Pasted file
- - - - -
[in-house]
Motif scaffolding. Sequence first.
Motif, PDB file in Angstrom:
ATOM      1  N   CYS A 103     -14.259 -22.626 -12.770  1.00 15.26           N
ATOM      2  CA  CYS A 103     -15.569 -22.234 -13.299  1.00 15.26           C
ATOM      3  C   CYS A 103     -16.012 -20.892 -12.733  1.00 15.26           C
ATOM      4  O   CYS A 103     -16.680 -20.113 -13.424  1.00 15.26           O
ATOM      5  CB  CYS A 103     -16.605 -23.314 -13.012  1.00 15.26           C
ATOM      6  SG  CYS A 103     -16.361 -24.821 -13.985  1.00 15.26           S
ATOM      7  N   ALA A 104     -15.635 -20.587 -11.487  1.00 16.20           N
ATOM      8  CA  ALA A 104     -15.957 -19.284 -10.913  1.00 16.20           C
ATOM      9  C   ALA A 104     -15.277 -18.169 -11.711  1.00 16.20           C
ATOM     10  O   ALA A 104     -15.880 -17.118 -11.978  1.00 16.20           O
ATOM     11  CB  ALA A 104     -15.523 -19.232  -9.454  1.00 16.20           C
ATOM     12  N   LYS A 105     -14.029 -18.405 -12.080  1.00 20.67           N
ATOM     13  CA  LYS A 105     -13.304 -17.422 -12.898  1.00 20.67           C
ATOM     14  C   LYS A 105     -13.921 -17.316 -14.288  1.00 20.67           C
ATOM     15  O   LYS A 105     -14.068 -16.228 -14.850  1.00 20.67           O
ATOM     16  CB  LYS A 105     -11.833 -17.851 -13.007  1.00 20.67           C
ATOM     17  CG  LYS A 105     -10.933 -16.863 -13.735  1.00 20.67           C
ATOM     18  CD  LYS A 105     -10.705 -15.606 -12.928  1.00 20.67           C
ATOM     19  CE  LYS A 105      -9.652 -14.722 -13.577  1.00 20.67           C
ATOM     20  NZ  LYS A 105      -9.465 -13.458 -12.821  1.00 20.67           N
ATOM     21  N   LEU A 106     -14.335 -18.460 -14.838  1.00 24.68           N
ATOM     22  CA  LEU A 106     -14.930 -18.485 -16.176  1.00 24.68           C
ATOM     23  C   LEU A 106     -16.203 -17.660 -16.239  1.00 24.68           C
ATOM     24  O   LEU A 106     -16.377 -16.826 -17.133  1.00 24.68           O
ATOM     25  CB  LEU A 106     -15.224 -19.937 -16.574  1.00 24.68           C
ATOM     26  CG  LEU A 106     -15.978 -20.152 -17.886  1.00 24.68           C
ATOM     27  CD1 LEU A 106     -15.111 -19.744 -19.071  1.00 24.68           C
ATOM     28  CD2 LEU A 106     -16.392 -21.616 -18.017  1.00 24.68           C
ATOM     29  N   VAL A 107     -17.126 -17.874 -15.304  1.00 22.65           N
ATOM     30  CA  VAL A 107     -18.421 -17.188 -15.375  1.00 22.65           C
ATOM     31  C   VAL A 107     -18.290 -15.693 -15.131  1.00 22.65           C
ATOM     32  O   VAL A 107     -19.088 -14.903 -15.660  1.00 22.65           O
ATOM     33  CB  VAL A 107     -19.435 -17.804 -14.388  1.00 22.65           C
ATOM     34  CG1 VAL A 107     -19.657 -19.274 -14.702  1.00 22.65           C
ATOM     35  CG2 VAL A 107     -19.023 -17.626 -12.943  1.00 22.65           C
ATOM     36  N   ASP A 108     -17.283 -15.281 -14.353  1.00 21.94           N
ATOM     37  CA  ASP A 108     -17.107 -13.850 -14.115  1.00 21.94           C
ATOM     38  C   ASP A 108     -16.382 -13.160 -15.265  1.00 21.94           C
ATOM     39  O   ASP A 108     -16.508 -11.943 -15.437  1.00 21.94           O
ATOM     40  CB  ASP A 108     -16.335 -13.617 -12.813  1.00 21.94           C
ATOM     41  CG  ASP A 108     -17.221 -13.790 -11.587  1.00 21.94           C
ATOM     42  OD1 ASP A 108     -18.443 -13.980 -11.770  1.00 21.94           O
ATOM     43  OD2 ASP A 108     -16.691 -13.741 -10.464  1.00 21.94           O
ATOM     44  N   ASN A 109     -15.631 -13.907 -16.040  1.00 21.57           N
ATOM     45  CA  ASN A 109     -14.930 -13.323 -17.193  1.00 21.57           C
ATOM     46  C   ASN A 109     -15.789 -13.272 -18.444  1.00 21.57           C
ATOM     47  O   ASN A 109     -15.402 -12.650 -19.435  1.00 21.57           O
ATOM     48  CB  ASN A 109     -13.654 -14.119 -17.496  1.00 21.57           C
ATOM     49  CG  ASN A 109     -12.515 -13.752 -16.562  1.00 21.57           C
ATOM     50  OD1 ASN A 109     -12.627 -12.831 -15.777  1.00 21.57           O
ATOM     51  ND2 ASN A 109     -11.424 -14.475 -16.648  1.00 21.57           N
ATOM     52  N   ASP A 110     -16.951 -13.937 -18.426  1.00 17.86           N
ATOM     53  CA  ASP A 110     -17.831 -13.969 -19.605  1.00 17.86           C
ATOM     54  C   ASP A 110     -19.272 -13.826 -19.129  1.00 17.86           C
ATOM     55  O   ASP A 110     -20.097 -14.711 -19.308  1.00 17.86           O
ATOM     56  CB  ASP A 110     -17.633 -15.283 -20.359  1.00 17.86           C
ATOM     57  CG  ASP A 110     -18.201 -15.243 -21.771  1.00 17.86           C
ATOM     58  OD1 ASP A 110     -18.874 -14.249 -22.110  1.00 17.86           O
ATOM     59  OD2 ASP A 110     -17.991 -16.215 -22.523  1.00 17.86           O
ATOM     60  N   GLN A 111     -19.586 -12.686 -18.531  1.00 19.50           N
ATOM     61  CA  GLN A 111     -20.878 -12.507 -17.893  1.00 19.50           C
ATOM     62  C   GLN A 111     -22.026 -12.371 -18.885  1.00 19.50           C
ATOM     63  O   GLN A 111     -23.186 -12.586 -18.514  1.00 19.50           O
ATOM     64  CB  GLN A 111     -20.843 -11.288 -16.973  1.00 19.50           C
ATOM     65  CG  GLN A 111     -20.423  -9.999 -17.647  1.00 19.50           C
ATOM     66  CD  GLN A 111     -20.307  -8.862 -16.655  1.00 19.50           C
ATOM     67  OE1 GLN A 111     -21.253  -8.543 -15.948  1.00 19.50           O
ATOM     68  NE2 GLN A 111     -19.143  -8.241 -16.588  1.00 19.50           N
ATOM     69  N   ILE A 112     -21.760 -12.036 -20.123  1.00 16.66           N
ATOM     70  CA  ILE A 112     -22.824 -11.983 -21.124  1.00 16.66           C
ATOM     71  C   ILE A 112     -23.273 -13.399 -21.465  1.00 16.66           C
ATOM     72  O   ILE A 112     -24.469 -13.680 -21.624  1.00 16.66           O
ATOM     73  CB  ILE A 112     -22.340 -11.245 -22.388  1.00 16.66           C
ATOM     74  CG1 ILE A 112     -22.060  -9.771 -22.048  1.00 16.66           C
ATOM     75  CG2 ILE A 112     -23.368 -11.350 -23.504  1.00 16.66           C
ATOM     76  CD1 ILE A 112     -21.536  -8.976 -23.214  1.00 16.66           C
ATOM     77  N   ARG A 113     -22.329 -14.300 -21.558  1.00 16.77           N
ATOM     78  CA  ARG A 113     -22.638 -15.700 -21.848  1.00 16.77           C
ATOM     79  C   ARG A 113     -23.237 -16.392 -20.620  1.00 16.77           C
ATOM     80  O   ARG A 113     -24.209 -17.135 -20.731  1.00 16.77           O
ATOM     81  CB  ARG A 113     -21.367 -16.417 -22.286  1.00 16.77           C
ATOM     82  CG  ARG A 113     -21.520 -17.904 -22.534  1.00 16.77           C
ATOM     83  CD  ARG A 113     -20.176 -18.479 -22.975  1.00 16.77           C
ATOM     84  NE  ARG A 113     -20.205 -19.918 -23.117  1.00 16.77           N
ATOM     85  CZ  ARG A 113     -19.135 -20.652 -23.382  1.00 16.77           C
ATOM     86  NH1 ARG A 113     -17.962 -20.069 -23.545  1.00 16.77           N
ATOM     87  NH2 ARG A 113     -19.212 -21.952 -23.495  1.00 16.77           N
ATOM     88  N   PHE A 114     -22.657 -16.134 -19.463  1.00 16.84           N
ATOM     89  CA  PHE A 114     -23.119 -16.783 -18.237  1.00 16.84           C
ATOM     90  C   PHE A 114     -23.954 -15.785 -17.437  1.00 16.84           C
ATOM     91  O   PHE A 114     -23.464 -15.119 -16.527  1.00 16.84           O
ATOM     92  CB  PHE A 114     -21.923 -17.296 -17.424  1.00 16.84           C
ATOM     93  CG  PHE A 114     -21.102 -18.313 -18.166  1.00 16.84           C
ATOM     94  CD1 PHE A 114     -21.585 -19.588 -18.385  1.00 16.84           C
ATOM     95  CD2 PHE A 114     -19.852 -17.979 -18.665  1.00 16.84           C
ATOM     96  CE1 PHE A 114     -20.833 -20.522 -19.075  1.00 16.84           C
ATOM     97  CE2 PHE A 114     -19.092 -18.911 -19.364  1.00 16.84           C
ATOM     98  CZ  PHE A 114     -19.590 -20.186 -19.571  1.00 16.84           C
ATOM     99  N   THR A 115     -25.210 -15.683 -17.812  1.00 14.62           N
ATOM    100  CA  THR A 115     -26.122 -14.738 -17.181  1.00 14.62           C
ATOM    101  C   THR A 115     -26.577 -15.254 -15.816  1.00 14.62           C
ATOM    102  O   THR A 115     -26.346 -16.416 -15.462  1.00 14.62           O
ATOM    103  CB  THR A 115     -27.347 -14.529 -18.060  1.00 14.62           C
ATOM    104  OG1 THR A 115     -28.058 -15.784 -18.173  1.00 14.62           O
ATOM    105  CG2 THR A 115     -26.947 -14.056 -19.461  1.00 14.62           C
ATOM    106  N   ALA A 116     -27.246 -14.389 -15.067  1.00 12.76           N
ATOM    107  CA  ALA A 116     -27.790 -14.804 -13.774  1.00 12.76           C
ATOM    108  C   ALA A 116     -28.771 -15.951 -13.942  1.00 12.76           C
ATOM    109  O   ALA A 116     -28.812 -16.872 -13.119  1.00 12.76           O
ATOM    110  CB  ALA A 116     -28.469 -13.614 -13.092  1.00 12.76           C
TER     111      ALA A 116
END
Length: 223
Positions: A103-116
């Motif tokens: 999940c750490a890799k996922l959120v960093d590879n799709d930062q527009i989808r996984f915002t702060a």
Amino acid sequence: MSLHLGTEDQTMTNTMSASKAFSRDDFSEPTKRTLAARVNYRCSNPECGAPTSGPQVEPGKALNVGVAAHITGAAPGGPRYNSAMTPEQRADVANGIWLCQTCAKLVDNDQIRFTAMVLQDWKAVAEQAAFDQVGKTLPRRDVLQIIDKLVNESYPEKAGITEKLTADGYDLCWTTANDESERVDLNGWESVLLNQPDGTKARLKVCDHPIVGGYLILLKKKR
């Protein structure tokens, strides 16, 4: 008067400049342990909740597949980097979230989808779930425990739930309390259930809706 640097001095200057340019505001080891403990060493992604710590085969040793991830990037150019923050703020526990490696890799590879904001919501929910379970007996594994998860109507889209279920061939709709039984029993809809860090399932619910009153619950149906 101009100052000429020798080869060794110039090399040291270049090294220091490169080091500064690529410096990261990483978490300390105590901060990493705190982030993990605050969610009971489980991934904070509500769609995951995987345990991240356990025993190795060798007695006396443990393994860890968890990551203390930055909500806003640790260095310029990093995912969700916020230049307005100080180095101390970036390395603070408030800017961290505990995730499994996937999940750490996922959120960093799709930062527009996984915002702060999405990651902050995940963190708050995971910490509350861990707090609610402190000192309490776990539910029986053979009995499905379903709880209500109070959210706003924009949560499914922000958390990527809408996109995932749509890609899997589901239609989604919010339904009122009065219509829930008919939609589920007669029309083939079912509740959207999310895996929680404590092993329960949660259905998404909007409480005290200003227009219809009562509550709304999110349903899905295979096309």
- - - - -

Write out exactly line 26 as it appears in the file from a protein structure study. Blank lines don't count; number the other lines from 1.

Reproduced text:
ATOM     23  C   LEU A 106     -16.203 -17.660 -16.239  1.00 24.68           C